In this article, I portray the status of visual art education in United States public elementary schools between 1997 and 2004. I report on trends in state policies and interpret data from a national survey of elementary principals, visual art specialists, and classroom teachers. I also provide information on public opinion about arts education, and the possible impact on art education of the No Child Left Behind Act of 2001. Data from this period serve as a benchmark for tracking shifts in policy and practice as the nation's schools respond to NCLB mandates for improved scores in reading, mathematics, and science by 2014. My discussion highlights recurrent themes and contradictions in policy and practice.
In this article, I focus on survey data from multiple sources bearing on visual art education in elementary schools between 1997 and 2004. This interval of time is significant in that a standards-based accountability movement, initiated in the early 1980s, has since been elaborated in the No Child Left Behind Act of 2001 (NCLB). Various surveys cited in this article document this increasing focus on national standards even as they reveal policies and practices that marginalize art education.
Art educators are caught in a Catch 22 environment of policy making. On the one hand, standards-based reforms offer some promise of raising awareness of the arts as a worthy domain for study. In addition, there may be benefits from greater oversight of art education in relation to access to instruction and the quality of teaching and learning. These hopes were expressed in the formulation of national standards in the arts in the mid1990s (Consortium of National Arts Education Associations, 1994).
On the other hand, NCLB is the most fully developed case of federal micromanaging of schools in United States history. In exchange for federal funds, NCLB requires schools to make "adequate yearly progress" (AYP) in raising test scores in reading, mathematics, and science. Annual tests in these subjects are intended to spur improvements so that, by 2014, 95% to 100% of students will score "proficient or above" in all three subjects. Further, practices must be based on "rigorous" scientific evidence of their efficacy and cost effectiveness.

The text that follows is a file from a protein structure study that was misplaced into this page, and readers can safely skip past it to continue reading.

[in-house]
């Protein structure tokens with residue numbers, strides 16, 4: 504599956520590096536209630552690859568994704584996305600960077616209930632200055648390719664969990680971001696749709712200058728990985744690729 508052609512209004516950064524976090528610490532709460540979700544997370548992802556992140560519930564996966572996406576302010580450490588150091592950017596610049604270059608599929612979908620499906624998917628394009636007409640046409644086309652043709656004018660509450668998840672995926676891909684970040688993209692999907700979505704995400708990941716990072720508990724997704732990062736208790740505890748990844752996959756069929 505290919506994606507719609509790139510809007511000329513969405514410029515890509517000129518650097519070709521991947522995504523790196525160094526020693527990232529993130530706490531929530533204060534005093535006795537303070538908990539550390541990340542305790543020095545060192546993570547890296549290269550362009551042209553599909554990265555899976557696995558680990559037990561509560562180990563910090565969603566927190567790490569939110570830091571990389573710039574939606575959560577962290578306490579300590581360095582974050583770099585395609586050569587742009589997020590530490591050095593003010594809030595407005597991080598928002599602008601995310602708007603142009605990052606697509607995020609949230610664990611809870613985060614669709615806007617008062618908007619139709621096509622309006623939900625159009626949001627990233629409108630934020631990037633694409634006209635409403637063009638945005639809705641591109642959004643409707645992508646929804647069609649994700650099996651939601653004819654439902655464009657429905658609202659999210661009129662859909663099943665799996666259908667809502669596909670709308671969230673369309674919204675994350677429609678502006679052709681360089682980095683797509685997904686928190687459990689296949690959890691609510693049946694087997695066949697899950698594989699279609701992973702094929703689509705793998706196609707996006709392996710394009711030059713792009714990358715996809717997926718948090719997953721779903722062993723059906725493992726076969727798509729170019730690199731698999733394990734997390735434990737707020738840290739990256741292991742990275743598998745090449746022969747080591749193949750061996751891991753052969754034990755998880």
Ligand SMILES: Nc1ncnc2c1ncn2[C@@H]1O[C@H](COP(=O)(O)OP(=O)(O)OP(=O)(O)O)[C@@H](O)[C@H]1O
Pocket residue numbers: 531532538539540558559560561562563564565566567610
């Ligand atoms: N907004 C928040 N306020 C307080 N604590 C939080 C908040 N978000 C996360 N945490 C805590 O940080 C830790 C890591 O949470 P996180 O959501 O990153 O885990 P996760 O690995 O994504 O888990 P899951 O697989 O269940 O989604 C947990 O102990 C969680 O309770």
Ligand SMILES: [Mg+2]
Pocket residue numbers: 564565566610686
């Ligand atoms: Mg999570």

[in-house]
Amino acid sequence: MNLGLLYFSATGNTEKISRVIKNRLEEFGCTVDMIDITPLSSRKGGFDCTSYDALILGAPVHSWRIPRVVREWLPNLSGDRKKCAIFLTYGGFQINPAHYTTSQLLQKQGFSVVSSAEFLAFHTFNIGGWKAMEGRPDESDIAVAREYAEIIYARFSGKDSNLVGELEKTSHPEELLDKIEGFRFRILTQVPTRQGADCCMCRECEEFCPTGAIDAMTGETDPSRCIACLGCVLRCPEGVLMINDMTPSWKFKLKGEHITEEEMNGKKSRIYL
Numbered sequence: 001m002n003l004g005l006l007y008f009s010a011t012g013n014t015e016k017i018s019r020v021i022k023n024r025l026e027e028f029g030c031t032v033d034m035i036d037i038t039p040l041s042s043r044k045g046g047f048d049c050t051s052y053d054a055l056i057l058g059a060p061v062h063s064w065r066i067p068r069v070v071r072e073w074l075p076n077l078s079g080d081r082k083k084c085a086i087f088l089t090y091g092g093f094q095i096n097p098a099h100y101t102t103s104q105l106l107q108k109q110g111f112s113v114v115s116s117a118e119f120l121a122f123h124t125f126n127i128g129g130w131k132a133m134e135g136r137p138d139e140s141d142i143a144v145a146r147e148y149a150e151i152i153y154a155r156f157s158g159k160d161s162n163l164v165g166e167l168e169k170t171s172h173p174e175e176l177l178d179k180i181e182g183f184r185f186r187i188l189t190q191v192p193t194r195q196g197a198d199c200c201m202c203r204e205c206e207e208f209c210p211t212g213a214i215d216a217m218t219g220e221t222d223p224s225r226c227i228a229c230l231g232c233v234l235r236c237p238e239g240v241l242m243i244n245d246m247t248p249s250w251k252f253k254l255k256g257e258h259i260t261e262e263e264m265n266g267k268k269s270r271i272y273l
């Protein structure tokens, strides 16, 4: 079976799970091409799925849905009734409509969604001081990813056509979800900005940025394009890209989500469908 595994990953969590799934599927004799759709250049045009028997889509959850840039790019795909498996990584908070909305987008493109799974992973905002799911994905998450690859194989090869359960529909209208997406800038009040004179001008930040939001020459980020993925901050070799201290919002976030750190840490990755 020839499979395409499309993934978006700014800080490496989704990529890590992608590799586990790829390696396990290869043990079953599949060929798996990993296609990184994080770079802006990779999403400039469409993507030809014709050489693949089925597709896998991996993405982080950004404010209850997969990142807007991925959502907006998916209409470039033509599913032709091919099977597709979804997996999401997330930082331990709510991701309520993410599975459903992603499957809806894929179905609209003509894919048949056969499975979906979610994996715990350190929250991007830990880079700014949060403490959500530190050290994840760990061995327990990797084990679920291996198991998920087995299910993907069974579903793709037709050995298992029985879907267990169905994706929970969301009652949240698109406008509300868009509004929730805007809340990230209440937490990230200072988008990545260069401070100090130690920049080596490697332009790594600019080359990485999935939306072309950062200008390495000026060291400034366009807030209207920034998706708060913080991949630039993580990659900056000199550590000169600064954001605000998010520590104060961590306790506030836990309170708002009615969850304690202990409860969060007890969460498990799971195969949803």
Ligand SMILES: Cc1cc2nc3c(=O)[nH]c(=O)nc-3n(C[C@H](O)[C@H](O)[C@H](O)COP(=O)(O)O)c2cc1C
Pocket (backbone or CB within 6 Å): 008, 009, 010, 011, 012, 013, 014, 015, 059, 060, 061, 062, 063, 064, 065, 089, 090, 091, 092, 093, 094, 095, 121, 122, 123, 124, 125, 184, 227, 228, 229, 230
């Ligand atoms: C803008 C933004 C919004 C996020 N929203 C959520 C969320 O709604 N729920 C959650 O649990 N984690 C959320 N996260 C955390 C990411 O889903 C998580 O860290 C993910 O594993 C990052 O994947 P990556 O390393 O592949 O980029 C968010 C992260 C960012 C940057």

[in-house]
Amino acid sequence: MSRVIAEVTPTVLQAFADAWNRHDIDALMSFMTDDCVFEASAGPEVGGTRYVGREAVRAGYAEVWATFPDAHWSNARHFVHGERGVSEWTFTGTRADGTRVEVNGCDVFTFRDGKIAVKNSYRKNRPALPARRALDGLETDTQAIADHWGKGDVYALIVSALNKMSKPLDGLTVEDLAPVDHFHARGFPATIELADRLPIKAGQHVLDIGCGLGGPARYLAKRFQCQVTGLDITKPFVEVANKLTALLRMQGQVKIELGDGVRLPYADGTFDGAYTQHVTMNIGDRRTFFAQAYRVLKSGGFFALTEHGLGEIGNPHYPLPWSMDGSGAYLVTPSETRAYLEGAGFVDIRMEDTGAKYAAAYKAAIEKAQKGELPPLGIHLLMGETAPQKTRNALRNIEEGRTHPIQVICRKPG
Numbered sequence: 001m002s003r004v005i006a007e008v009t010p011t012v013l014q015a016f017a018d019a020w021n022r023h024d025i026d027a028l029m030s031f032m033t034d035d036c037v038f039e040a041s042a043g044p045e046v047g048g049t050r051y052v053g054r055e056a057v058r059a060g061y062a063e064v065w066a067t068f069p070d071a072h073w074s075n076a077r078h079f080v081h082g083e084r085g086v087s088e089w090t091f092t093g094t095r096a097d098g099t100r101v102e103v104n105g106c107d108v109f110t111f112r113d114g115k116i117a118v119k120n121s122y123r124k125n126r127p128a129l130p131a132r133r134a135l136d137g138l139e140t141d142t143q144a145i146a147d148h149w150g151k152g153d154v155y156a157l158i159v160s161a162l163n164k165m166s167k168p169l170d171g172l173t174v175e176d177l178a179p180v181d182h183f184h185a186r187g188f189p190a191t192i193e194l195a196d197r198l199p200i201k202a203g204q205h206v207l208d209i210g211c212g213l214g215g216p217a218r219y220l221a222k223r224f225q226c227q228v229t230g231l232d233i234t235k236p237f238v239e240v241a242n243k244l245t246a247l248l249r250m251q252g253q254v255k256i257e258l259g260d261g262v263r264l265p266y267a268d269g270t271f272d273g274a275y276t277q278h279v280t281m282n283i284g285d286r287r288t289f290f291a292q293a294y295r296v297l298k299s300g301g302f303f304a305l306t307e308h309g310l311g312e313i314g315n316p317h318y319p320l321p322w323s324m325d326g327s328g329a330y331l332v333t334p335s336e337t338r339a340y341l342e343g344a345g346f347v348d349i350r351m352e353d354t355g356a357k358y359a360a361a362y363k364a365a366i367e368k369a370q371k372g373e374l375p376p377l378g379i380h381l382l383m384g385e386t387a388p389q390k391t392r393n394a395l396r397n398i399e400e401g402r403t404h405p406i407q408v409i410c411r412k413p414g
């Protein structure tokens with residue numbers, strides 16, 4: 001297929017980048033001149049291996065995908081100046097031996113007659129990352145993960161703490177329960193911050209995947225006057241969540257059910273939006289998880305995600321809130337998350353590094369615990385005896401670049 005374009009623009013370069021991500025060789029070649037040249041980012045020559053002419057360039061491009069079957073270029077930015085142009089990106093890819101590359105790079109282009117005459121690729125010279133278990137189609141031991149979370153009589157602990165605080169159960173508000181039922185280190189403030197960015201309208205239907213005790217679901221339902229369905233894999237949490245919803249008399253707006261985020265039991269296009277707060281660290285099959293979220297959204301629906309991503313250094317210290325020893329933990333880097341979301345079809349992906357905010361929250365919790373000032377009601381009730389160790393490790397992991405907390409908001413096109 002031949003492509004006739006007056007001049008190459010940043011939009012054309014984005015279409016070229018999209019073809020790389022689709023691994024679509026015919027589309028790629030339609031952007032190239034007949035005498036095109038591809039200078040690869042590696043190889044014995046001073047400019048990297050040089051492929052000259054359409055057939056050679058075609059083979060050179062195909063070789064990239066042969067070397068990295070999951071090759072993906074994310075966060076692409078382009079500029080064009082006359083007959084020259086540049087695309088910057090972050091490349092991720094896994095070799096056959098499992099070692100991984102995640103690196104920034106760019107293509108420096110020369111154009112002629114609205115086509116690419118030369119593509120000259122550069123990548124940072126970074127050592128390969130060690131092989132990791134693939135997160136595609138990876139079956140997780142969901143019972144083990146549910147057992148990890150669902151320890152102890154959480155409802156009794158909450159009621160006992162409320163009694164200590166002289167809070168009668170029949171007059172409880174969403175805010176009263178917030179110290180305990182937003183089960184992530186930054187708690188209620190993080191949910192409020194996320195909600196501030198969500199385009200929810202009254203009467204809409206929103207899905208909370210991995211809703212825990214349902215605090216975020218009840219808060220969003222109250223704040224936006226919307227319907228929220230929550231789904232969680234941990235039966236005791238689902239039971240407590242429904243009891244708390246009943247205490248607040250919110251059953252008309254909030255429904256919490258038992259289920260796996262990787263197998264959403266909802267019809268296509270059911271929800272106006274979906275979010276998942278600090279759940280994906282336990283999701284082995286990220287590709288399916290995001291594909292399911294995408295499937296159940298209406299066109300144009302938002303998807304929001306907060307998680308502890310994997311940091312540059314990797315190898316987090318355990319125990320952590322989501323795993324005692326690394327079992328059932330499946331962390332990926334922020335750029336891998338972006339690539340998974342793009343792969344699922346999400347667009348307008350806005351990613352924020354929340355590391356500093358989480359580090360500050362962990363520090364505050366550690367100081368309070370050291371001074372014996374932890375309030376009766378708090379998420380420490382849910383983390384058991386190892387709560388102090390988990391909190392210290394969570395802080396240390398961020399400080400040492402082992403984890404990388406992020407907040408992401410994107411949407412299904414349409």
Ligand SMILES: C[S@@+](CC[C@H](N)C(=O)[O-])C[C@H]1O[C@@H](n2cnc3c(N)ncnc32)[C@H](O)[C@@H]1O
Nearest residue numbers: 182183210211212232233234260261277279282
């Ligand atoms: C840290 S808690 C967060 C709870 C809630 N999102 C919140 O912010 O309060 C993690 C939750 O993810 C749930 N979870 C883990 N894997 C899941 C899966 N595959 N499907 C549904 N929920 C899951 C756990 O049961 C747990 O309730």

Although NCLB does include the arts in a list of core academic subjects, the law does little to support education in the arts, or foreign language, or the humanities and social studies. Indeed, since NCLB has been implemented, these neglected subjects have been called the "the lost curriculum" by the Council of Chief State School Officers (CCSSO, 2002) and cited in a discussion of the "atrophied curriculum" by the Council on Basic Education (2004). These growing concerns suggest that extraordinary leadership may be necessary to retain and strengthen school-based studies in art in the next decade (National Art Education Association [NAEA], 2003a; NAEA, 2003b). In any effort to achieve some balance among studies of the arts, sciences, and humanities it is politically useful to have some grasp of national patterns in policy and practice.
I focus on the status of elementary art education for several reasons. First, elementary instruction influences how later studies are shaped, including the extent to which learning becomes remedial in the upper grades. Second, there is more detailed information on elementary school policy and practice than for secondary schools. Third, the surveys draw attention to issues bearing on the role of specialists and classroom teachers in elementary art education. Part I centers on state policies bearing on all schools, including elementary schools. Part II offers a closer look at reports from elementary principals, art specialists, and classroom teachers. Part III is a brief report on public opinion about arts education and recent developments in relation to NCLB.
Some caveats are necessary. First, there is no uniform national system of distinguishing between elementary, middle, and secondary schools. …